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Tuesday, Jan. 17, 2017

Those ever-rising gas prices

Posted Monday, March 3, 2008, at 9:41 AM

Ahh, spring! Time for sunshine, blue skies ... and higher gas prices.

Those sunny days are, I'm sure, one of the millions of excuses Big Oil uses for pumping up pump prices.

I'm looking at a fax from the AAA Auto Club South. It says prices will rise as the interest rate falls (devaluing the U.S. dollar) and because oil refineries will shut briefly for spring maintenance and to switch from winter to "more expensive" summer blends.

The AAA includes a chart showing the national average has risen from $2.45 to $3.16 since this week last year.

Meanwhile, from our Associated Press wire this morning: ..."Light, sweet crude futures rose as high as $103.95 a barrel on the New York Mercantile Exchange (today), reaching an inflation-adjusted record high."

Boycotting gas isn't the answer; we've got to keep moving. A mass move to smaller vehicles with higher gas milegae wouldn't help, because gas companies would likely use lower profits as an excuse to raise prices (as in "We have to have a certain income level to operate our refineries" or something similar.

Is there anything middle-income Americans can do to defend ourselves against profit-mad firms driven by bonus-mad multi-millionaires who could less about how high prices affect the non-rich? Sometimes I doubt it.

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I tried to post a blog this morning & don't know if I goofed up (probably) or what happened.

Here is my question, which runs right along with your concern.

Has any presidential candidate of any political party addressed the cost of oil? I don't recall hearing this as an issue.

If someone mentioned working toward a solution to reduce the cost of crude oil and thereby reduce the cost of gasoline, and it seemed that this person was sincere and knowledgeable about what he or she needed to do, wouldn't the voters rally behind that individual?

Everyone talks about health care, which is a major issue. The subject of troops in Iraq is another topic. No one mentions the ever increasing cost of gasoline, which affects not only our driving expenses but also the costs of goods we purchase.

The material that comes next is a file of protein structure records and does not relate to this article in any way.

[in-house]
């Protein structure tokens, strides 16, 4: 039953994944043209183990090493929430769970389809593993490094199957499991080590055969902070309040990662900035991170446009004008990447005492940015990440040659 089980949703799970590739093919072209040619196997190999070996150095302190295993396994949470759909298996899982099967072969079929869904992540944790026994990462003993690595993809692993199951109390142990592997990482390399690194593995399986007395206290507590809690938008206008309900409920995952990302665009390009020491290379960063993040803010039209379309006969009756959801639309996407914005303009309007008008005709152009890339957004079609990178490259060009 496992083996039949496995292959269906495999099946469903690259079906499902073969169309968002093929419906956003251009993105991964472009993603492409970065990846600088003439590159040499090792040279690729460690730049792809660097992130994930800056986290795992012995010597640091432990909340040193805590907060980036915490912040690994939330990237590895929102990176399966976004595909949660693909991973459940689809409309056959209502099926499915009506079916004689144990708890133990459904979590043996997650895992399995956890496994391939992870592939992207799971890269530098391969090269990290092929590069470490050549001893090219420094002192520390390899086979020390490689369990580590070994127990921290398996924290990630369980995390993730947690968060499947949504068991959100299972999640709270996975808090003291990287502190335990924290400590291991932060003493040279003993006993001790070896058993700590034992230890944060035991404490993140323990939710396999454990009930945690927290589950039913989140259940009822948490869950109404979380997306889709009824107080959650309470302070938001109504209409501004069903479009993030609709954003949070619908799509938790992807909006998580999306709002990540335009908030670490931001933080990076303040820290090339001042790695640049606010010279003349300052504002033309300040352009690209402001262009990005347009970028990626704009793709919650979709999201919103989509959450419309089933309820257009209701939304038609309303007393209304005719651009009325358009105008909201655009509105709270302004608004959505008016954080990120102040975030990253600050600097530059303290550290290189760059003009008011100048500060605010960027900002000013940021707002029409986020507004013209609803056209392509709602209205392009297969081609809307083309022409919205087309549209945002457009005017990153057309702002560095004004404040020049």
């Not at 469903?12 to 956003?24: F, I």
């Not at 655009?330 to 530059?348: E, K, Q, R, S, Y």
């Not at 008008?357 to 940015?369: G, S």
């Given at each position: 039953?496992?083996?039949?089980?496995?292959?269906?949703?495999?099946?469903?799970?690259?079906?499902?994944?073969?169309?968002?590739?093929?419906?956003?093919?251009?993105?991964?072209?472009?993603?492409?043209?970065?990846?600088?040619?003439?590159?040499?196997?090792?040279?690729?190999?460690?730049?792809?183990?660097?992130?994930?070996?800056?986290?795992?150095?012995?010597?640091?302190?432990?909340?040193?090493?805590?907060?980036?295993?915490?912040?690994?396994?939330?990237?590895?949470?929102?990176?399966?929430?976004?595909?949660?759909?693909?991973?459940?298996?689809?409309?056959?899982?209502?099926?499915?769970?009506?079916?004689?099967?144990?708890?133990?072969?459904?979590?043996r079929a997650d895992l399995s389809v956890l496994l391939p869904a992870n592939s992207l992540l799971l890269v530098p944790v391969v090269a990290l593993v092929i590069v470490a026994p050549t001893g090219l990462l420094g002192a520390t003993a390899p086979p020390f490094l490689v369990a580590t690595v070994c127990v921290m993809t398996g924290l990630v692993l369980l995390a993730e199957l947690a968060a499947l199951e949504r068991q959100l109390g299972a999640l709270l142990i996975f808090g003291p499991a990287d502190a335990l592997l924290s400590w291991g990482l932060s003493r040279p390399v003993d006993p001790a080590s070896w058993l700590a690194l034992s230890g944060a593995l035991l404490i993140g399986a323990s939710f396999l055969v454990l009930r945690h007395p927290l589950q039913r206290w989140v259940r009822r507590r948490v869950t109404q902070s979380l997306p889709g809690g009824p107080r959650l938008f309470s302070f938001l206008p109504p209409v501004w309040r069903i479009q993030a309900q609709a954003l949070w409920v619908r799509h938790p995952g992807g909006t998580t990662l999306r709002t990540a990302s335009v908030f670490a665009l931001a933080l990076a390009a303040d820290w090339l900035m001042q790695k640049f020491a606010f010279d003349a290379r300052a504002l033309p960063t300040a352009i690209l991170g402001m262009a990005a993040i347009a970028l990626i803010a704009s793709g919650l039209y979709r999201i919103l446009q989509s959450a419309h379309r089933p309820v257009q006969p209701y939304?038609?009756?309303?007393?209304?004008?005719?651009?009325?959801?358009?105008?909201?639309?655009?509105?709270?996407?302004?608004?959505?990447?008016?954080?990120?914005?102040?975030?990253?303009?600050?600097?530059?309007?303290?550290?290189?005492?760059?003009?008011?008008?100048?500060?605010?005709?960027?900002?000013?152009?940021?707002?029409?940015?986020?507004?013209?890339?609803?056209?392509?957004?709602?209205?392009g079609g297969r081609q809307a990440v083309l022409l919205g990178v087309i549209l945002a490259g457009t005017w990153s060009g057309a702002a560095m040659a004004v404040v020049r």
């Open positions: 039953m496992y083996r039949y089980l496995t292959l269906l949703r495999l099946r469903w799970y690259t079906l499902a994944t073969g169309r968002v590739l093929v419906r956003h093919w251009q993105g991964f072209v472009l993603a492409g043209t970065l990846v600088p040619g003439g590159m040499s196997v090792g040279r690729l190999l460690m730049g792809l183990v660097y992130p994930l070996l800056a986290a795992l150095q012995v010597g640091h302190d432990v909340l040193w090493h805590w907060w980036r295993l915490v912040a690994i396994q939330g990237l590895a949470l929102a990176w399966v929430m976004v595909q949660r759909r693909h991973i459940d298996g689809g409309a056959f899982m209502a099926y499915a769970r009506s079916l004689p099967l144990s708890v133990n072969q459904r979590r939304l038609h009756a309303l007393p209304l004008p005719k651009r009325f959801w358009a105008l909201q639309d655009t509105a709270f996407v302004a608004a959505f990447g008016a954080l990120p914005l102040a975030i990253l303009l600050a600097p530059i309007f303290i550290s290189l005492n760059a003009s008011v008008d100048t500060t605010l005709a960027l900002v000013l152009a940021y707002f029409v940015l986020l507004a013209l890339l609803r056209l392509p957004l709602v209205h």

Why is the cost of crude oil not an issue in this election? Perhaps that will be part of Ralph Nader's platform.

-- Posted by bettyhbrown on Mon, Mar 3, 2008, at 10:22 AM

The president has virtually no power to reduce the cost of fuel oil short term. Crude oil price is driven by speculative markets. Investors drive up the price by speculating it will go higher. The only cure is either reduce consumption or increase production. Either of these will drive the cost back down. The president can't affect either short term. Long term is a different story.

-- Posted by Tim Baker on Mon, Mar 3, 2008, at 10:38 AM

I think Hilary Clinton mentioned it in a few speeches in Ohio and how high it is and how the middle class Americans are struggling to deal with it and that government needs to work on dealing with that issue. I don't remember her offering any plans or solutions so she might have just been playing the crowd but at least she acknowledges the problem with gas prices.

I added up my fuel costs for a month and it came somewhere between $140-$160 and that is just me living in Wartrace and driving to work in Shelbyville and maybe going to Tullahoma or Murfreesboro once a week in a mid size sedan. I can't imagine what people pat who travel more or drive bigger vehicles have to pay. I would have never thought I would spend that much for fuel in my life. It is crazy.

-- Posted by jaxspike on Mon, Mar 3, 2008, at 10:38 AM